January 16, 2018

Fidget Spinners Sold At Target Contain Lead

11 November 2017, 10:46 | Silvia Roy

Fidget Spinners Sold At Target Contain Lead

Some fidget spinners sold at Target contain potentially dangerous lead

The U.S. Public Interest Research Group Education Fund has asked Des Moines-based distributor Bulls I Toy LLC and Target stores to pull certain fidget spinners from the market because of tests that found lead levels that could harm children.

The circle center of the brass Fidget Wild Premium Spinner tested for 33,000 parts per million (ppm) of lead. The metal spinner tested at 13 times acceptable lead levels.

Target officials say stores will continue to sell the products and argue they don't have to follow the acceptable limit because the gadgets are not toys intended for children.

Target says the items are not classified as toys, so they don't have to follow lead standards for children's products.

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"The toxic fidget spinners are still available both in toy aisles at Target stores and on its website", the organization said.

Target responded to concerns, saying in a statement that the company is "committed to providing high quality and safe products to our guest and we closely review all product safety claims that are brought to our attention".

"The two fidget spinners cited are clearly marked on the package as 'appropriate for customers ages 14 and older, ' and are not marketed to children", a Target spokesman said in an email to the Post. "As a result, the fidget spinners identified are not regulated as toys or children's products and are not required to meet children's product standards".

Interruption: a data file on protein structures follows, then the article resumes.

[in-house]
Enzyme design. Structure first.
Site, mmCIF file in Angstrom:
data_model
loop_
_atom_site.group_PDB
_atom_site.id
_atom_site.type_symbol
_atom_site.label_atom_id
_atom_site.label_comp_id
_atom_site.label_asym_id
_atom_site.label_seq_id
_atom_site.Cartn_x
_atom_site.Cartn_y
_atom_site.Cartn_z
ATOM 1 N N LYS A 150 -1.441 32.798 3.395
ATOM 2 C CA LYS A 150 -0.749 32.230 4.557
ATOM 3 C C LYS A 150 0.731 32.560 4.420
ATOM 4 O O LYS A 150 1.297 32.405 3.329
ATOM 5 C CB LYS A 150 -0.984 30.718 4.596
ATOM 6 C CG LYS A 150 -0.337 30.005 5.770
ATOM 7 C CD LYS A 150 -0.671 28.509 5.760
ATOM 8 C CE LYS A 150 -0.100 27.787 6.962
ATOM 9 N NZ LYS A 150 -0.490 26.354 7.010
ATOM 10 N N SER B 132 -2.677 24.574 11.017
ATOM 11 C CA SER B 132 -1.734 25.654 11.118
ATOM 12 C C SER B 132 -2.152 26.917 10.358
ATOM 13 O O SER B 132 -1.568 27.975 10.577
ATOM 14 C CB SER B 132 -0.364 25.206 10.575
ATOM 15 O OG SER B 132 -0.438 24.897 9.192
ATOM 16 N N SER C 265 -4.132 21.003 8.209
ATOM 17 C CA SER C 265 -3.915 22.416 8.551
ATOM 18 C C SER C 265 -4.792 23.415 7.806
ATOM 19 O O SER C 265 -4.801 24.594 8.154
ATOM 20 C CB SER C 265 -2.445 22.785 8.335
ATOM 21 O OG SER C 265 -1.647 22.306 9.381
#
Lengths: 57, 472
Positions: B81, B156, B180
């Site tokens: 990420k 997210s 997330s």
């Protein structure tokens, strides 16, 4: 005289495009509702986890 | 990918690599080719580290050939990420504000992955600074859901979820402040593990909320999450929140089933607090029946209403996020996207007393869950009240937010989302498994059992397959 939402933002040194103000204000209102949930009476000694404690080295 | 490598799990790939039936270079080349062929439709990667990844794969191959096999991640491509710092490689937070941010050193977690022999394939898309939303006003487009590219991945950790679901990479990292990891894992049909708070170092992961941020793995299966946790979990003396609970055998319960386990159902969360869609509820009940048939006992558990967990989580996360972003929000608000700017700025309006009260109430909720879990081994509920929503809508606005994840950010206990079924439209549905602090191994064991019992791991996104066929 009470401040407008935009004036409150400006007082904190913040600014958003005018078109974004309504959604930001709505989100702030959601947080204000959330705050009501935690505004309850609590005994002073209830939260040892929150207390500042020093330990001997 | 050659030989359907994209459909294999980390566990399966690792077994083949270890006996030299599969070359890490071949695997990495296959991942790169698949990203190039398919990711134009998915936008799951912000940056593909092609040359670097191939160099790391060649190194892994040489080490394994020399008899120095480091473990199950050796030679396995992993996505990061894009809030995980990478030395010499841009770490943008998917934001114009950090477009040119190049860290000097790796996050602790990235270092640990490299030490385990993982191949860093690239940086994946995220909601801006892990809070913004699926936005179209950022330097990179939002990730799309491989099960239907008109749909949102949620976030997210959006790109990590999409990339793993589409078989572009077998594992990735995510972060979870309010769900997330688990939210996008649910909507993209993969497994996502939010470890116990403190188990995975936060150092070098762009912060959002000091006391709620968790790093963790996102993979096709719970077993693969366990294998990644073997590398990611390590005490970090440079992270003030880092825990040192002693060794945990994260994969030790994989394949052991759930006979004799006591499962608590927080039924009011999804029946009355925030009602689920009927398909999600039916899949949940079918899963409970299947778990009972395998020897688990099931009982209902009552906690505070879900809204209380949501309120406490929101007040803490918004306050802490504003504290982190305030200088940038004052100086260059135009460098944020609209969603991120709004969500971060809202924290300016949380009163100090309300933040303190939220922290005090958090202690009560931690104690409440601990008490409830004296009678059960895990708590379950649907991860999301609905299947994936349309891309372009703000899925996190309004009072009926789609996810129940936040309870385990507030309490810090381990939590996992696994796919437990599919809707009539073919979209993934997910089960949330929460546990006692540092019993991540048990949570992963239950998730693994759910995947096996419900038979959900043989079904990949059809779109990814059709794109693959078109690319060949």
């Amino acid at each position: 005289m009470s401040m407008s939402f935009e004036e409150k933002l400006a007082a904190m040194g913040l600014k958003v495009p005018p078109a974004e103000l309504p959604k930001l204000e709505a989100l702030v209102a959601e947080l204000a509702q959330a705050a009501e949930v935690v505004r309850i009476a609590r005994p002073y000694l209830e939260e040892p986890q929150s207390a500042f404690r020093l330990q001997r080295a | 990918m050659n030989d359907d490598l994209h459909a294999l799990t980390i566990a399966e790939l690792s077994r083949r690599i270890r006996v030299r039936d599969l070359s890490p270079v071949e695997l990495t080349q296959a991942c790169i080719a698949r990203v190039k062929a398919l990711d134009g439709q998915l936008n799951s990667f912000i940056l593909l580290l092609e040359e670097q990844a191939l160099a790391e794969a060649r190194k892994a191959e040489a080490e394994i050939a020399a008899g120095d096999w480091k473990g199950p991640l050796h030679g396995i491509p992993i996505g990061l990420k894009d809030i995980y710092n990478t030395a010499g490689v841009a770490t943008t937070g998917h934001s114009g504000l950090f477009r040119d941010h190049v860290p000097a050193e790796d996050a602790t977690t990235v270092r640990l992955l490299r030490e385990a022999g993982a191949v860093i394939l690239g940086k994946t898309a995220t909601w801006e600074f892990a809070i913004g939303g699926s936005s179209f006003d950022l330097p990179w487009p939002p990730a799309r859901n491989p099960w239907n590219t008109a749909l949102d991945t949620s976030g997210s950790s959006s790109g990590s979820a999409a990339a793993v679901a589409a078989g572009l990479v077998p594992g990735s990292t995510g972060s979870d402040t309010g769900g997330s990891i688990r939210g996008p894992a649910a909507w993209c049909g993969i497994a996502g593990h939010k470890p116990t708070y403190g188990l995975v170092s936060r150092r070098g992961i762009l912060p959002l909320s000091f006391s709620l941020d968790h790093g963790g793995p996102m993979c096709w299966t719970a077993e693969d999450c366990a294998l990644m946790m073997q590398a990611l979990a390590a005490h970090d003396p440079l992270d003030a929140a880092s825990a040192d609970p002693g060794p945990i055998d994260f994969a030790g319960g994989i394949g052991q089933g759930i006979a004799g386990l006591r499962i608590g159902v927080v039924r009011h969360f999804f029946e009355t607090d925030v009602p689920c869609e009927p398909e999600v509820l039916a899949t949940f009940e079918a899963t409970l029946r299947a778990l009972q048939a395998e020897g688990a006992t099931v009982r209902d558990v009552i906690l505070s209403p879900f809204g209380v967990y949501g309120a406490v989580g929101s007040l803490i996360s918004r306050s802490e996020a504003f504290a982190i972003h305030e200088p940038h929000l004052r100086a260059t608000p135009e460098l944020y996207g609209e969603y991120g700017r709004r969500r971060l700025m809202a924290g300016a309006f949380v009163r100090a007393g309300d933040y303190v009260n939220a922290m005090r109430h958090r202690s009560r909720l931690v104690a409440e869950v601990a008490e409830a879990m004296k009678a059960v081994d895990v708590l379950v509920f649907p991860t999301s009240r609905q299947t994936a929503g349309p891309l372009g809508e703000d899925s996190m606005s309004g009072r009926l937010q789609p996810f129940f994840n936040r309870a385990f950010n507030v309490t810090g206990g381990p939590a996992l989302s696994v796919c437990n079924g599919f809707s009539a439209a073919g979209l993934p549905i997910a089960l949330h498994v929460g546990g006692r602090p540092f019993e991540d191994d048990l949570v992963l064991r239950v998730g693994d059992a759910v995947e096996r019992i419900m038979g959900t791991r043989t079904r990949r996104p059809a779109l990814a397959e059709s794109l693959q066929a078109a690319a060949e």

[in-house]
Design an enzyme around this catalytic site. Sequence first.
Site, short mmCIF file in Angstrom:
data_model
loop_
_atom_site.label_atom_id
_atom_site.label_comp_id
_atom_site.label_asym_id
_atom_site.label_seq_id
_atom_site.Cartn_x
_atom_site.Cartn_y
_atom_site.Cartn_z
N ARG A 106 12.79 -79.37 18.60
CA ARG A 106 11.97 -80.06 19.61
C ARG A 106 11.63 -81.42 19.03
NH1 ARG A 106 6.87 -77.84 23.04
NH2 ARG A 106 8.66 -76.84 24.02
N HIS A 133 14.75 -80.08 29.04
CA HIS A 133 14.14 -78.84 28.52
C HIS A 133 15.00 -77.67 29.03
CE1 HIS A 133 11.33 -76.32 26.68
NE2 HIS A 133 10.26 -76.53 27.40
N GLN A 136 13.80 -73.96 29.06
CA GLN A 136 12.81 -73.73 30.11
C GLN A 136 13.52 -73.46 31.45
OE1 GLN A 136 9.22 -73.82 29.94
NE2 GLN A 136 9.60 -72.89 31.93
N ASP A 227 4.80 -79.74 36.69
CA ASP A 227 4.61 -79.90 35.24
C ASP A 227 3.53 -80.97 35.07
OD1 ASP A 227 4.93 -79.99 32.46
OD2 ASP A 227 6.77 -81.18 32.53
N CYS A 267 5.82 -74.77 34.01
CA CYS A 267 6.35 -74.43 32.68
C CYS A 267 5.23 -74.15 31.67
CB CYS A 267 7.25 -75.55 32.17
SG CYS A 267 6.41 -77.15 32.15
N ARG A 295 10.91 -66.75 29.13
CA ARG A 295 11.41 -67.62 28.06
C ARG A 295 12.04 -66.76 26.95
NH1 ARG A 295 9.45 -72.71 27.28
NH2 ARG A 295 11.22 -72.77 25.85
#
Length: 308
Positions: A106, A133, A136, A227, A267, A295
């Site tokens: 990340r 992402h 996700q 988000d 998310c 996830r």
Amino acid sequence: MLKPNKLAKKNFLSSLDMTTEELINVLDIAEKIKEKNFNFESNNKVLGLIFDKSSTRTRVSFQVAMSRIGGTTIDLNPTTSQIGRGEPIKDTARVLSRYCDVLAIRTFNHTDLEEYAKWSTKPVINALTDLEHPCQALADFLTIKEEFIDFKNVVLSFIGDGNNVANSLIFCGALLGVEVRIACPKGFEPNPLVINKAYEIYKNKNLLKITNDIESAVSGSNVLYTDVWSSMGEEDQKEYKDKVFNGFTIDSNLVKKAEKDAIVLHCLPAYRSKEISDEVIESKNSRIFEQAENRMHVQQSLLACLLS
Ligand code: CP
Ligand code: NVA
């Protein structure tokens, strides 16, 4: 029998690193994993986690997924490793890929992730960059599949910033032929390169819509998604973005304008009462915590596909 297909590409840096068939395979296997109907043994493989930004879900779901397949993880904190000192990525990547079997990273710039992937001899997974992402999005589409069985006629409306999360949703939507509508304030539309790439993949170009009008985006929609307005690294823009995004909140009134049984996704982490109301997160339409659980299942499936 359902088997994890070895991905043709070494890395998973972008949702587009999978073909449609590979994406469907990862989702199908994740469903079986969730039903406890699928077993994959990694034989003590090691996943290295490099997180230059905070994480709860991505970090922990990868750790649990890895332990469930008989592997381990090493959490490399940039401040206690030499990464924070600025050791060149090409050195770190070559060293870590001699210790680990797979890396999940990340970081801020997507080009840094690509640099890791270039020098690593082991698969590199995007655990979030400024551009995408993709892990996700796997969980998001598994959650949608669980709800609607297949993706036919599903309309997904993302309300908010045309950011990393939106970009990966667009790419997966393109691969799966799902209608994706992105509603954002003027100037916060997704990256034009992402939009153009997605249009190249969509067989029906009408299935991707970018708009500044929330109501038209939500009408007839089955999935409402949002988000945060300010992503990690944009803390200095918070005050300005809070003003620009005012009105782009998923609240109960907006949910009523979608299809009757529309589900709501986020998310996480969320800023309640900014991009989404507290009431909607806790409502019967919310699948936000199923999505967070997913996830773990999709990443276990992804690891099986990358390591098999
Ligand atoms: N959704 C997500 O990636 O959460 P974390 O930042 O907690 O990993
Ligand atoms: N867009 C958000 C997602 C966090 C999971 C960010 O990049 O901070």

The manufacturer of the specific model, Bulls-I-Toy, wrote in a statement: "There are no mandatory CPSC requirements for it". "And, yes, they are toys". The retailer, which changed the web description of the product midday Thursday to emphasize that it is meant for consumers over the age of 14 (rather than for ages 6 and up, as originally advertised), took all mention of the spinners off its site by the end of Thursday.

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The watchdog group is calling on US government safety organizations to change the classification of fidget spinners so they will have to meet federal regulations for children's products.

Interim CPSC Chairwoman Anne Marie Buerkle also warned that light-up spinners contain lithium coin batteries that can cause severe internal burns, if swallowed, and have been the source of fire warnings.

The U.S. Public Interest Research Group said that the distinction is illogical.

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